In District 7, U.S. Rep. Leonard Lance (R-Lebanon) is defending his turf against high school chemistry teacher Ed Potosnak, the first openly gay candidate for Congress in New Jersey.
Four-term Republican Congressman Mike Ferguson stepped down in 2008 and Lance took up the mantle, defeating Assemblywoman Linda Stender (D-Fanwood), 148,461 (50 percent) to 124,818 (42 percent). Stender failed to convert Democratic National Committee money and Pres. Barack Obama’s coattails into a victory.
Historically, the district is Republican with a Cook Partisan Voter Index (PVI) ranking of R+3. But Lance’s domain isn’t as conservative as his colleague U.S. Rep. Scott Garrett’s (R-Wantage) to the north, with a Cook PVI of R+8.
In this election cycle, all indications are that Republicans will grab votes from the aggravated taxpayers, and GOP incumbents won’t be hurt as much by the anti-incumbent contingent as Democrats will.
Just ask U.S. Rep. Frank Pallone (D-Long Branch) – District 6 ranks D+8 on the Cook PVI – who’s struggling to fend off Tea Party candidate Anna Little.
The state lists 423,799 registered voters in District 7, broken down by 28 percent Democrat (120,111), 25 percent Republican (107,174), and 46 percent unaffiliated.
Lance won his GOP primary against businessman David Larsen and two Tea Party candidates. But the Republican incumbent only won 55 percent of the vote, the lowest majority by any incumbent in New Jersey, depleting his coffers in the process.
An early summer internal poll from Potosnak put him within 4 points of Lance and reported that only 31 percent of voters wanted to re-elect Lance.
The district landed on CNN’s Top 100 Races to Watch list until September.
Originally from Easton, PA, Lance was born into politics. His father, Wesley Lance, was a state Senator and his great-uncle, H. Kiefer Lance, was also a New Jersey politician.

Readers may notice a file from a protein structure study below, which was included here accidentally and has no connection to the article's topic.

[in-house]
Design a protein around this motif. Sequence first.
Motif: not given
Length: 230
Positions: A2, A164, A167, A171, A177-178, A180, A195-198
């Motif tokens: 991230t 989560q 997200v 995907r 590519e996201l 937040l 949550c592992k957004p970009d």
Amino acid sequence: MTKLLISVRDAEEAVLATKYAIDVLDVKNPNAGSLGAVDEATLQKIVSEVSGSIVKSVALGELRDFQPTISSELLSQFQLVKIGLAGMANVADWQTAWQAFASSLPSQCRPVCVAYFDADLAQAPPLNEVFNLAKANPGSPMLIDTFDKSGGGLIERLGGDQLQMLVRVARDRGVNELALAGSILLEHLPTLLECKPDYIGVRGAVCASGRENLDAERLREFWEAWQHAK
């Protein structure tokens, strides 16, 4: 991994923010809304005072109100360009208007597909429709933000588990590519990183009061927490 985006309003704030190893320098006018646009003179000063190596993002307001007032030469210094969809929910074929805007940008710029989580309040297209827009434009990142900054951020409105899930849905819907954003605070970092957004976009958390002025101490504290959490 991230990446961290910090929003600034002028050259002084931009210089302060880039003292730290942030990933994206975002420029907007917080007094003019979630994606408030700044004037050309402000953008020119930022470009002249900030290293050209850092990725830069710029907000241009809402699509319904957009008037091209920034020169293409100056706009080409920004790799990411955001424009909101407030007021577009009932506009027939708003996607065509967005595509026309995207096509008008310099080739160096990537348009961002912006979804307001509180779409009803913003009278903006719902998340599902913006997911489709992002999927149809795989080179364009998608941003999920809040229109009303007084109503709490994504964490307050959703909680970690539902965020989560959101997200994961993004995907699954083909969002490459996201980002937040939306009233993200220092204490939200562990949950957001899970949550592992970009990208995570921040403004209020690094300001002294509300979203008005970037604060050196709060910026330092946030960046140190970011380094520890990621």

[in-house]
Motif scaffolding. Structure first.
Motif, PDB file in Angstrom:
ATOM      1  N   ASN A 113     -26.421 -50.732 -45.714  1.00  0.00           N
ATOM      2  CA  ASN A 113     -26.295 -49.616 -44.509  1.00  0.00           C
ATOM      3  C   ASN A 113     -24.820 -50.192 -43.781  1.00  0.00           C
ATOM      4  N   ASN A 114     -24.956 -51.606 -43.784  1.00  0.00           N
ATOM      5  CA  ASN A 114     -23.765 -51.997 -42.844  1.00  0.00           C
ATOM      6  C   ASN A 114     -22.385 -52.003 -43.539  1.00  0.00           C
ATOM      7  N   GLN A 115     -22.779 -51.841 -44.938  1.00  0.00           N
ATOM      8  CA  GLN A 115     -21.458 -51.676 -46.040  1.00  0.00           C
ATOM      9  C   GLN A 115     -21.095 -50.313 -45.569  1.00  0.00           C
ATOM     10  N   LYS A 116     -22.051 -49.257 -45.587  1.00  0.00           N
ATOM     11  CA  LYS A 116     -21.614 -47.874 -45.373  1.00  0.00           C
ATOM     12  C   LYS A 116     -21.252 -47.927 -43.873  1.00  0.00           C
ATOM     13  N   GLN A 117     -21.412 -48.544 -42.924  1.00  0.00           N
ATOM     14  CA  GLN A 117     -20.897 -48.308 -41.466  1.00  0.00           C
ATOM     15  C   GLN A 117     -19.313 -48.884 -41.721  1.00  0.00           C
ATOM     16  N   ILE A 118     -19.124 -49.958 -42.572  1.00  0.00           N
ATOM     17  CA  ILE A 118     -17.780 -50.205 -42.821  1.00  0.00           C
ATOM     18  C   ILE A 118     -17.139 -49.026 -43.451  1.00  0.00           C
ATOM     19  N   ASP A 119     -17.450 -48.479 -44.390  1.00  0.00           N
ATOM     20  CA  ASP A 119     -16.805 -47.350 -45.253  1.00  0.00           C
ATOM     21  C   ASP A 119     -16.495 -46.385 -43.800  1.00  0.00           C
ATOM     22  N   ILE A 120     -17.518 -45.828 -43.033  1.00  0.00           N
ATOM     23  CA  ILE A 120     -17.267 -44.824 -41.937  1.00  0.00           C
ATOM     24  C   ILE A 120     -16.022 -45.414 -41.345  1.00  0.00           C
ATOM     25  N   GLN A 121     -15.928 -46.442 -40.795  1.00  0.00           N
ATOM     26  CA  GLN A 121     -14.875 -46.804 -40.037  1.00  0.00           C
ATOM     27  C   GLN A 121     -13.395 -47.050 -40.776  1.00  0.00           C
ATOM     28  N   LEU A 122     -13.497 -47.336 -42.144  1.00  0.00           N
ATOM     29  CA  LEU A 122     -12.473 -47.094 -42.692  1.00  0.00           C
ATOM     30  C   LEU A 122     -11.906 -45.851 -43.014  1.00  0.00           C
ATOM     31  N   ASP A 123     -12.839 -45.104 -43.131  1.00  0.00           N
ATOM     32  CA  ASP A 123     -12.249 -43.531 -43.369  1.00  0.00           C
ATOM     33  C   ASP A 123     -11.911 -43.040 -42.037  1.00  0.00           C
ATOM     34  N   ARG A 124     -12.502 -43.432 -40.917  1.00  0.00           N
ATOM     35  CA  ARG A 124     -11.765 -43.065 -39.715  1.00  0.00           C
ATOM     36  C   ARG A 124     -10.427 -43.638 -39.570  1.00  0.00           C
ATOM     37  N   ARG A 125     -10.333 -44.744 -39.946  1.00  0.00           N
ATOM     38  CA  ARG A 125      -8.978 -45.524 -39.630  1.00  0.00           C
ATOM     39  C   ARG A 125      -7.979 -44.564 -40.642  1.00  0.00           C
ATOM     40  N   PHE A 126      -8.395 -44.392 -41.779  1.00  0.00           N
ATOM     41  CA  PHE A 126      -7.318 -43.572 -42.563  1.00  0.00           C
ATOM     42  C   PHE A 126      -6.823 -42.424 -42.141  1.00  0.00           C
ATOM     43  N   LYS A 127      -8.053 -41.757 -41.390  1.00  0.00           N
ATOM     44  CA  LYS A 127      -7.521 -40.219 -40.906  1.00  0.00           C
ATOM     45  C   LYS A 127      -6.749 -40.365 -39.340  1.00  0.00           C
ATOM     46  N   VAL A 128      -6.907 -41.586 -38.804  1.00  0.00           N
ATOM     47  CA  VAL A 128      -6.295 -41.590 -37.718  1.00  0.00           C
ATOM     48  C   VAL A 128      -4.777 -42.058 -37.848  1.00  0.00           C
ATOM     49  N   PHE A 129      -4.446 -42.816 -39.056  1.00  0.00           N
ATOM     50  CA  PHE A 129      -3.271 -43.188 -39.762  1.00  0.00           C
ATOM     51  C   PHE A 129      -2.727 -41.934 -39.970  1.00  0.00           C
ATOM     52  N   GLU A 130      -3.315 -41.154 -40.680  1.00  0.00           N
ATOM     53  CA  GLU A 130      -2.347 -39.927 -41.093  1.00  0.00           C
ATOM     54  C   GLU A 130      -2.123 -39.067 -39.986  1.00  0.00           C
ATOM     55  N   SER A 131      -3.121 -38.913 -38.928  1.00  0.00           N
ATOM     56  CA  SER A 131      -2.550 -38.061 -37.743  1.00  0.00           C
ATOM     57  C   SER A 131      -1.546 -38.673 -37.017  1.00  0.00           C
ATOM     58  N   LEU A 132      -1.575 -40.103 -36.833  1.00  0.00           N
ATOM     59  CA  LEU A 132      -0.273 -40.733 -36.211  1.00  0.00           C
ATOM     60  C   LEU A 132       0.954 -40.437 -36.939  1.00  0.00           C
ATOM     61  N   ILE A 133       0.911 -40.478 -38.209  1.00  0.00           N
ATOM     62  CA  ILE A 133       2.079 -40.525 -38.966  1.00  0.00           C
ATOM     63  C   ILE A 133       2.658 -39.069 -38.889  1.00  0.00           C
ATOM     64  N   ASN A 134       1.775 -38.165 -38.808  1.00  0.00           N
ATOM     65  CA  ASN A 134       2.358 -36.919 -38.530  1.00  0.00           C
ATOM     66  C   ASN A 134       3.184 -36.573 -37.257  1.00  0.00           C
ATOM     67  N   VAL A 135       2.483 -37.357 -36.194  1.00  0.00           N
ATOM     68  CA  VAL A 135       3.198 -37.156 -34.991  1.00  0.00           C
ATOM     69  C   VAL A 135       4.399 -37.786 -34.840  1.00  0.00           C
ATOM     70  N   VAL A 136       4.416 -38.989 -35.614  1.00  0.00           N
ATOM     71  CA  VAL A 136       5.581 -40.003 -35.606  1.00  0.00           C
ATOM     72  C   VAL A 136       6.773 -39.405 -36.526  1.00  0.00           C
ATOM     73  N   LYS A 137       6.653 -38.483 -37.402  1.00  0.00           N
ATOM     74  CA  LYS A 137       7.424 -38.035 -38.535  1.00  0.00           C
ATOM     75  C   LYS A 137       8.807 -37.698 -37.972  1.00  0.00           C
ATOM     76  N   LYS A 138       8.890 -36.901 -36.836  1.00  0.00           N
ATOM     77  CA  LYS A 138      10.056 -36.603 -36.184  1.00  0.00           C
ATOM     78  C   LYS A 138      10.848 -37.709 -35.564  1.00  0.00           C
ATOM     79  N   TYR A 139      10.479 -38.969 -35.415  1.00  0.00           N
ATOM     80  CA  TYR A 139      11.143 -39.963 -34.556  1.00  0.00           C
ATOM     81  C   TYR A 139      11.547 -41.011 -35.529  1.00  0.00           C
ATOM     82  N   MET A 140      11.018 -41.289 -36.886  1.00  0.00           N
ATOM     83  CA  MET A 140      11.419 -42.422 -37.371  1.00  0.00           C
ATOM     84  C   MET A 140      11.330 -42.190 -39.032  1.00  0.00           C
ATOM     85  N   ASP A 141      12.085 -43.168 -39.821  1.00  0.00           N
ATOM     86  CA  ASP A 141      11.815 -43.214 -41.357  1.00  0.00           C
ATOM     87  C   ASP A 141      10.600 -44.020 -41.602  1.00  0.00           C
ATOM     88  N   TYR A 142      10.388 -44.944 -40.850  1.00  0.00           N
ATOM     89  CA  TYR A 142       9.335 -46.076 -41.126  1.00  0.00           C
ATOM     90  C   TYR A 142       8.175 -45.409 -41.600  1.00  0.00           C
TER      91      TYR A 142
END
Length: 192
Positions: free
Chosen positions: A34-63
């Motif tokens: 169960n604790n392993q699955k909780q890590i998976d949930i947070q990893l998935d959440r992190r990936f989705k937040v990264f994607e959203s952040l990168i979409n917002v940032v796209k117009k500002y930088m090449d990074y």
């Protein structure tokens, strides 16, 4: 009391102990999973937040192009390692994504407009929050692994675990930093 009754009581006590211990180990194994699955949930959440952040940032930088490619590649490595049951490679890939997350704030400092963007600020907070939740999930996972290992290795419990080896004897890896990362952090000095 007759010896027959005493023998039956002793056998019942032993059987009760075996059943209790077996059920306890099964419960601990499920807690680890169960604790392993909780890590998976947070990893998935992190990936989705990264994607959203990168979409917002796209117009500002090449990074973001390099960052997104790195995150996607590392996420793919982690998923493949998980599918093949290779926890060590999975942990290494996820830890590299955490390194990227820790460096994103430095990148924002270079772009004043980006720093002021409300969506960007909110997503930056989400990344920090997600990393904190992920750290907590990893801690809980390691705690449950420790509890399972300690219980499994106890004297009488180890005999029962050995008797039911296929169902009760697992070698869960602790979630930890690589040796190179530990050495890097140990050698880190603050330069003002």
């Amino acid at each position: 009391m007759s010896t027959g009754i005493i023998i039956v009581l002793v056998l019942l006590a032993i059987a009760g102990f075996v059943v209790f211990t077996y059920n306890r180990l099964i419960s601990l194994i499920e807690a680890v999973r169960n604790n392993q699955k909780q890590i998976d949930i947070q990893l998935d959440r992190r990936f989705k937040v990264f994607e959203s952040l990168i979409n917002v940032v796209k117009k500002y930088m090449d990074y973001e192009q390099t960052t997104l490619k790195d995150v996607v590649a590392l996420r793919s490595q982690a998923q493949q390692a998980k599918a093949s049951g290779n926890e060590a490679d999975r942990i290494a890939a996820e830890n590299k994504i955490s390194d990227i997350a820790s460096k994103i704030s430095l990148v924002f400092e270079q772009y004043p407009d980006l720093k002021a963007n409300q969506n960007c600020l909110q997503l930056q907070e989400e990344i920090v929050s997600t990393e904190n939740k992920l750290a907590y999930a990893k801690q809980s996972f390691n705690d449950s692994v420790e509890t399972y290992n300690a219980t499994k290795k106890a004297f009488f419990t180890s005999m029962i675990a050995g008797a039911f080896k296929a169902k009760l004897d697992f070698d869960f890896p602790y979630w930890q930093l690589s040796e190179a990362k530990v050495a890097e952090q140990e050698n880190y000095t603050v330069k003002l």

Lance has a J.D. from Vanderbilt University Law School and an M.P.A. from the Woodrow Wilson School of Public and International Affairs at Princeton University.
From 1983 to 1990, Lance was assistant counsel for Republican Governor Tom Kean. After 11 years in the Assembly, he became a state Senator in 2002 and Minority Leader from 2004 to 2008.
Potosnak, a newcomer to the political arena, taught chemistry for a decade at Bridgewater-Raritan High School, owns a small home repair business, and lives in North Plainfield.
Potosnak has already been to Washington, as an Albert Einstein Distinguished Educator Fellow, shaping policy at the capitol for Congressman Mike Honda (D-CA). Potosnak also served briefly as a legislative assistant for Honda.
Potosnak is openly gay – one of only three Congressional candidates nationwide – and has the backing of Garden State Equality and the national Stonewall Democrats.
He’s challenging Lance on the congressman’s vote against the Don’t Ask Don’t Tell repeal, among other issues that affect the LGBT community.
But LGBT-related policy isn’t a front and center campaign issue for Potosnak; small business help and job creation are. He paints Lance as Wall Street to his main street.
Lance has credentials that Republicans are looking for following his votes against Obama’s health care bill, against the stimulus plans, against the first TARP bill, and against the education jobs bill, which Potosnak has taken up the charge over.
Lance wants repeal-and-replace for the doomed health care bill, although he notes some aspects of the bill that he likes. Potosnak wants to amend the bill.
Lance is all for extending the Bush tax cuts, but his vote for cap-and-trade is sticking in the Republicans’ craw.
Potosnak wants no parts of tax cuts for the rich, and can easily bash the cap-and-trade bill as a Democrat since the bill has already proven unsuccessful.
Lance also bucked his party on the American Clean Energy and Security Act, renewing his persona as a defender of the environment and denouncer of oil dependency.
Lance just bagged an endorsement from former Massachusetts Gov. Mitt Romney’s political action committee, Free and Strong America, which plans to contribute $2,500 to his campaign, as well as to the conservative efforts of Jon Runyan in District 3, Scott Sipprelle in District 12, and Tea Partier Little in District 6.
District 7 sweeps across the central northern parts of the state, including Clinton, Flemington, Milford, and Raritan and Union Townships in Hunterdon County; South Plainfield and parts of Edison and Woodbridge Township in Middlesex County; Bedminster, Bernardsville, Bound Brook, North Plainfield, Peapack-Gladstone, Warren Township, and Watchung in Somerset County; and Berkeley Heights, Clark, Cranford, Fanwood, Scotch Plains, Summit, Westfield, and parts of Linden in Union County.